Transmissions from a Lone Star: These days I get my truth from the tabloids

When I first came to America I read a lot of supermarket tabloids. These differ from the notoriously salacious British tabloids in that they contain no politics, preferring to focus on celebrities and weight loss stories. Also, everything in them is completely imaginary. Consider for instance the World Weekly News, which regularly reports on the latest doings of the Loch Ness monster, and frequently cites Nostradamus as an authority – marvelous stuff. 

I was fascinated by the flow of fabricated stories about celebrities, and soon became an expert on the alleged misdeeds of famous people whose TV shows and movies I had never seen. These tabloids struck me as the purest form of anti-literature: joyfully garish and crass, written in the simplest language, perpetually straining after the cheapest sensationalism. I also admired the writers who operated at a level of ego killing anonymity that would put a Buddhist monk to shame. It’s not easy for a writer to kill his ego, but these guys did it.

Eventually the novelty wore off and I stopped reading them. By this point however I had learned that I was mistaken about at least one of these publications, specifically The National Enquirer, the most famous supermarket tabloid of all. As is now well known, The Enquirer reported on former presidential candidate John Edwards’ affair and love child long before America’s insufferably dull, pompous, sclerotic “serious” press caught wind of the story. Indeed, so good was the paper’s reporting that the journalists responsible were nominated for a Pulitzer. They didn’t win of course – that went to somebody in the “serious journalism” club, whose work was immediately forgotten. But The Enquirer story still resonates in the real world: only last week Edwards was criminally indicted on charges of using campaign money to hush up his affair.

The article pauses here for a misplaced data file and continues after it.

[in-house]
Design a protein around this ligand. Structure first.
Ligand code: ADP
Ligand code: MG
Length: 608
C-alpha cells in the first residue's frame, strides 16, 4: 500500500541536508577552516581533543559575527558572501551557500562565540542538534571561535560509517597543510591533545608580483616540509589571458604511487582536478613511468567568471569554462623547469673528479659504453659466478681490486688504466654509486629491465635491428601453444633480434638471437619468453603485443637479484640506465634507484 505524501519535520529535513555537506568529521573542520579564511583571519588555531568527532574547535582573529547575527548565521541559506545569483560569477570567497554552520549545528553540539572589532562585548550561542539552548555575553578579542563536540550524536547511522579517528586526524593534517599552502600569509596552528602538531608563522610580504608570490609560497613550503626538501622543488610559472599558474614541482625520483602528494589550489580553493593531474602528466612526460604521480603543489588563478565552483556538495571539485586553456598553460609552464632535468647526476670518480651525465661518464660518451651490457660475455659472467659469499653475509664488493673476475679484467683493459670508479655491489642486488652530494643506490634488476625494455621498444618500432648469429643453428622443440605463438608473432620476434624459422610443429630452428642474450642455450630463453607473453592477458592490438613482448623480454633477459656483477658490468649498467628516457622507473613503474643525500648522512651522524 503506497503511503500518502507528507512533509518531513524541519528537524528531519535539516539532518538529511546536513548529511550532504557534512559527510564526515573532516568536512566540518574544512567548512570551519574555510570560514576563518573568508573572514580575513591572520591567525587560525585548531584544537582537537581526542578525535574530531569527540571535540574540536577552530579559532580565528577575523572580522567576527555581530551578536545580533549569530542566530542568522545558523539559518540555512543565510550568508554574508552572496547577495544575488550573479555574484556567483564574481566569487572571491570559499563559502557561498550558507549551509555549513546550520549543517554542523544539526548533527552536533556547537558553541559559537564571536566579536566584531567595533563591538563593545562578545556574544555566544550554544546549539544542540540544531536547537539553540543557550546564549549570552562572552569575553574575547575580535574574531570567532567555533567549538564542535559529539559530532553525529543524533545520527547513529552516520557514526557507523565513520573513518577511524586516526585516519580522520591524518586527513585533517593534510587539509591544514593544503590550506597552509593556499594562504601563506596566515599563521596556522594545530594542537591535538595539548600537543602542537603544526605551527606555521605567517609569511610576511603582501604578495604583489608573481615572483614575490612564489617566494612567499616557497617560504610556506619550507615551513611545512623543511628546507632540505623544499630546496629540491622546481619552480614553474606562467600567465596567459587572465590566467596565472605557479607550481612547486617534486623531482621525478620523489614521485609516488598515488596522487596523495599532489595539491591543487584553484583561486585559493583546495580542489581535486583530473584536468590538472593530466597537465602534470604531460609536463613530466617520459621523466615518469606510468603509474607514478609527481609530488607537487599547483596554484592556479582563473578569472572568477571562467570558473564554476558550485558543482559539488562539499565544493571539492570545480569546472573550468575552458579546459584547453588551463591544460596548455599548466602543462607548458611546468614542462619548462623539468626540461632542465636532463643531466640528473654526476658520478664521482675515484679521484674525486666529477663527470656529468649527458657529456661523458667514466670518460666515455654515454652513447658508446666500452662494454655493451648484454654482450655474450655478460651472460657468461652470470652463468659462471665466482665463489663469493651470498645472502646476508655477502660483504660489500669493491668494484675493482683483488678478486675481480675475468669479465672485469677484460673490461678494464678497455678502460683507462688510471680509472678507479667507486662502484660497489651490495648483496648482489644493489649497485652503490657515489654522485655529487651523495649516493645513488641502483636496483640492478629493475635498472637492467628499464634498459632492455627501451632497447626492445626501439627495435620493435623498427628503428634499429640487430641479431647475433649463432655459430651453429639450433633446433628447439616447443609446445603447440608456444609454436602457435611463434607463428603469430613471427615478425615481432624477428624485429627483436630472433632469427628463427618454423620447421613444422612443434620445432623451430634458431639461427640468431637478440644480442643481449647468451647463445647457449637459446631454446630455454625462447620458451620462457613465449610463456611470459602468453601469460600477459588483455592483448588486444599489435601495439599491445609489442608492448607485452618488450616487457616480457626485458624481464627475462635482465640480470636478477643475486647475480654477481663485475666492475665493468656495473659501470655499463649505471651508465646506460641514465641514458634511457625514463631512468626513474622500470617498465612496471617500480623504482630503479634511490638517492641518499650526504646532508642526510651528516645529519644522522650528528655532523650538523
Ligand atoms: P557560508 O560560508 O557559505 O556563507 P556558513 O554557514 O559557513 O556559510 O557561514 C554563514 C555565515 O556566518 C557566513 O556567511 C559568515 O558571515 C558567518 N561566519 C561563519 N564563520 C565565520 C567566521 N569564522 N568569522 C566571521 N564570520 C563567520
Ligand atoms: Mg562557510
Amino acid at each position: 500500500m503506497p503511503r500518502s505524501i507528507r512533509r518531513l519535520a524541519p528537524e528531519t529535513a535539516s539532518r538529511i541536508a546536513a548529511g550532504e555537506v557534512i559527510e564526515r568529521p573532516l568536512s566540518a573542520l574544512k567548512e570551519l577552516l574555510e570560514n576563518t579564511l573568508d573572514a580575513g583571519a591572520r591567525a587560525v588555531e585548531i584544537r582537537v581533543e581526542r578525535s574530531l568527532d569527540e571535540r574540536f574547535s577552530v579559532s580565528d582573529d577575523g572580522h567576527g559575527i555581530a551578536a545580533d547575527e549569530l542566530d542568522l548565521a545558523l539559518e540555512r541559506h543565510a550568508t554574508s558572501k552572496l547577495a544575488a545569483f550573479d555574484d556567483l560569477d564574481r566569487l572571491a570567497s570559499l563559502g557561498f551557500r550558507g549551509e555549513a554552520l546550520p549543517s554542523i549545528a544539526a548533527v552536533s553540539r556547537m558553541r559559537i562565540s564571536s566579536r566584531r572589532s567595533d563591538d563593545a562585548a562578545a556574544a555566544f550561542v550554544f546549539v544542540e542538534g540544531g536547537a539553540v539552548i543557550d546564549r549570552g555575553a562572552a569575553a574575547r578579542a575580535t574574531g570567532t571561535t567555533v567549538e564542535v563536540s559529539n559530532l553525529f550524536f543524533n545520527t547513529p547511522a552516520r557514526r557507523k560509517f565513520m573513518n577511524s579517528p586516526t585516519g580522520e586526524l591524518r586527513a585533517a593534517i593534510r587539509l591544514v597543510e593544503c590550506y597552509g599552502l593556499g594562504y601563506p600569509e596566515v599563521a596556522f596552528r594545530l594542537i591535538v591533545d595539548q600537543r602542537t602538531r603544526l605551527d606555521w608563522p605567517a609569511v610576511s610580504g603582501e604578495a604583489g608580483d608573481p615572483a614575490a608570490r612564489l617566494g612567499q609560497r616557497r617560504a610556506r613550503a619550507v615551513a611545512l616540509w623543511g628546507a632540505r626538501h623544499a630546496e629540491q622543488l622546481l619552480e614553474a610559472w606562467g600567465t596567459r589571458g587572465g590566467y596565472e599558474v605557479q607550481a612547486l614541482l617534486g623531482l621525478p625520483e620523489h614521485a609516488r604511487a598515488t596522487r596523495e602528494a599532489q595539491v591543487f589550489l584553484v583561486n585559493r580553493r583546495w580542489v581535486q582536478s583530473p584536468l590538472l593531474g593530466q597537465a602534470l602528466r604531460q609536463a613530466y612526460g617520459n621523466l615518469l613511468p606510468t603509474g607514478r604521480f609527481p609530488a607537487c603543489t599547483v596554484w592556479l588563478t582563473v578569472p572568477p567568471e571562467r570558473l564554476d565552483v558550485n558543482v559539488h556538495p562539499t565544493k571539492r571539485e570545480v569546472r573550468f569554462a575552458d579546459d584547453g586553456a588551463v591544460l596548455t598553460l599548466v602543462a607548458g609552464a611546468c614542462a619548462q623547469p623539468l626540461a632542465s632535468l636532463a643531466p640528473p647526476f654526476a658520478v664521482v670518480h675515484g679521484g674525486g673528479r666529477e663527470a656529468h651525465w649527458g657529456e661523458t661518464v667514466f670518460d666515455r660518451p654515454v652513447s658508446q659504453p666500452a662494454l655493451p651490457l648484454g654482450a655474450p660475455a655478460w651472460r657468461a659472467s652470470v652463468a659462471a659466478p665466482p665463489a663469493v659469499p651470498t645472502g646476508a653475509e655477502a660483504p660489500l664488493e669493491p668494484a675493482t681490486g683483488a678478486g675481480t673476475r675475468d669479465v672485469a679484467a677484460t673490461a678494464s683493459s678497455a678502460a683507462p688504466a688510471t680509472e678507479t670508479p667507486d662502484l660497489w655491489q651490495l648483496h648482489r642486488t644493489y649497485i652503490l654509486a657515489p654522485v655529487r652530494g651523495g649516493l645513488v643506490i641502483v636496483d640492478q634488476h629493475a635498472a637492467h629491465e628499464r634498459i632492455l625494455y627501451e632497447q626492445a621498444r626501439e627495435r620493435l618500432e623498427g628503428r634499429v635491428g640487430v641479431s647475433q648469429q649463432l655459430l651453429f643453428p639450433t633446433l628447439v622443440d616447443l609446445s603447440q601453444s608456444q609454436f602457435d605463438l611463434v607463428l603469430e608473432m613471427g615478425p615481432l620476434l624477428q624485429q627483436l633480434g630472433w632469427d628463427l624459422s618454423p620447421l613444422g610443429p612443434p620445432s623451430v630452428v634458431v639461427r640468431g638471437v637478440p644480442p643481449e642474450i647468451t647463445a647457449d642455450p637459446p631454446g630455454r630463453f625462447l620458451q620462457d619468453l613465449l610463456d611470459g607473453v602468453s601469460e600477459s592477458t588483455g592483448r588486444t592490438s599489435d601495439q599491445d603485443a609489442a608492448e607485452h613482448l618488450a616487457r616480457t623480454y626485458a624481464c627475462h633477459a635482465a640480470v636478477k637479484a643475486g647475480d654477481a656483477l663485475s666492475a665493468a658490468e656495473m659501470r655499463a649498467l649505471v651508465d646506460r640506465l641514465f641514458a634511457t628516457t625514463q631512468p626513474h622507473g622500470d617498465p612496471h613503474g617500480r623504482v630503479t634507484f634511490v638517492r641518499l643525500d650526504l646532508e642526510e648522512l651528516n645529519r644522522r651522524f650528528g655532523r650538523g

Anyway, my brain has been a bit tired lately so I have resumed reading The Enquirer. It’s good to know I have the scoop on what is happening in the world long before those poor saps who still read the New York Times. At the same time, I’m still not sure I can believe everything I read, or if it is all entirely relevant.

Take the last issue for instance, which plastered the headline PLASTIC SURGERY SHOCKERS across the front page. It’s a popular theme for tabloids, targeted like a laser beam at the malice and envy festering in the hearts of their (largely) female readership: “I may be fat and on food stamps but HOLY CRAP LOOK AT THE STATE OF CHER’S FACE!” And indeed, as the Enquirer revealed, Cher does appear to have “crazy crow’s feet” which slant upwards due to her latest facelift. On the other hand it may just be the effect of a bad photo in an unflattering light. Either way, I personally find it hard to get too worked up about these things. She still looks good for 102, or however old she is.

I do believe that Arnold Schwarzenegger’s love child is a big fan of the Terminator movies. But then I could have guessed as much – which teenage boy isn’t? However the Enquirer interviewed his cousin so I am now certain it is absolutely true and not merely a supposition based on a broad generalization about adolescent males. The photos were interesting: young Joseph looks so much like his Austrian dad it’s amazing nobody figured out Schwarzenegger had been a naughty boy earlier.

The Enquirer also continues to hound the disgraced John Edwards, and this week reported that Rielle Hunter – his babymomma – has finally left him. Apparently she is refusing to testify in his defense. Given The Enquirer’s track record on the Edwards story this could be true. Even so the newspaper’s continued public flogging of a political corpse strikes me as a trifle unseemly. But hey, that’s entertainment!